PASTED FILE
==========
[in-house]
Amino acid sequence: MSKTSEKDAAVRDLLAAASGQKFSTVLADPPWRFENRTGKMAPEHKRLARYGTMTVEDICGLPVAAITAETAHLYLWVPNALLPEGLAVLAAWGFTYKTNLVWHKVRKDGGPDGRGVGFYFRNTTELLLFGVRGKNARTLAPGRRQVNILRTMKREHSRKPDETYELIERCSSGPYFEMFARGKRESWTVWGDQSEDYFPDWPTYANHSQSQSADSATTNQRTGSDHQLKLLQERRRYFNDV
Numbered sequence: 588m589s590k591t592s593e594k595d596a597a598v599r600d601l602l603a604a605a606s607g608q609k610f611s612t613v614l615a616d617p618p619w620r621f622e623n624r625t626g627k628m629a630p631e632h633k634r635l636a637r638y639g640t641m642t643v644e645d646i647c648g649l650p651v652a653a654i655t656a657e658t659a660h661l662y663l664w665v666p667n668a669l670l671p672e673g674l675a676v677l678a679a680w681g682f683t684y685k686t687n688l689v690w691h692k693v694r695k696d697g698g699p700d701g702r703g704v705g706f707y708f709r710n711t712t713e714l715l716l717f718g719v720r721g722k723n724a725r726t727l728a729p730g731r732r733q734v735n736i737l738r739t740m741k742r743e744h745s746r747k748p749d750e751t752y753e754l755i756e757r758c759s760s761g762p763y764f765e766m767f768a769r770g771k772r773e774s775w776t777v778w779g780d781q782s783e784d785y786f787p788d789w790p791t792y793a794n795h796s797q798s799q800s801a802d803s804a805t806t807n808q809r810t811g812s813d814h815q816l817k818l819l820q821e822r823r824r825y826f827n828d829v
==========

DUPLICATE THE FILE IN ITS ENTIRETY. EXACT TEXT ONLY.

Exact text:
[in-house]
Amino acid sequence: MSKTSEKDAAVRDLLAAASGQKFSTVLADPPWRFENRTGKMAPEHKRLARYGTMTVEDICGLPVAAITAETAHLYLWVPNALLPEGLAVLAAWGFTYKTNLVWHKVRKDGGPDGRGVGFYFRNTTELLLFGVRGKNARTLAPGRRQVNILRTMKREHSRKPDETYELIERCSSGPYFEMFARGKRESWTVWGDQSEDYFPDWPTYANHSQSQSADSATTNQRTGSDHQLKLLQERRRYFNDV
Numbered sequence: 588m589s590k591t592s593e594k595d596a597a598v599r600d601l602l603a604a605a606s607g608q609k610f611s612t613v614l615a616d617p618p619w620r621f622e623n624r625t626g627k628m629a630p631e632h633k634r635l636a637r638y639g640t641m642t643v644e645d646i647c648g649l650p651v652a653a654i655t656a657e658t659a660h661l662y663l664w665v666p667n668a669l670l671p672e673g674l675a676v677l678a679a680w681g682f683t684y685k686t687n688l689v690w691h692k693v694r695k696d697g698g699p700d701g702r703g704v705g706f707y708f709r710n711t712t713e714l715l716l717f718g719v720r721g722k723n724a725r726t727l728a729p730g731r732r733q734v735n736i737l738r739t740m741k742r743e744h745s746r747k748p749d750e751t752y753e754l755i756e757r758c759s760s761g762p763y764f765e766m767f768a769r770g771k772r773e774s775w776t777v778w779g780d781q782s783e784d785y786f787p788d789w790p791t792y793a794n795h796s797q798s799q800s801a802d803s804a805t806t807n808q809r810t811g812s813d814h815q816l817k818l819l820q821e822r823r824r825y826f827n828d829v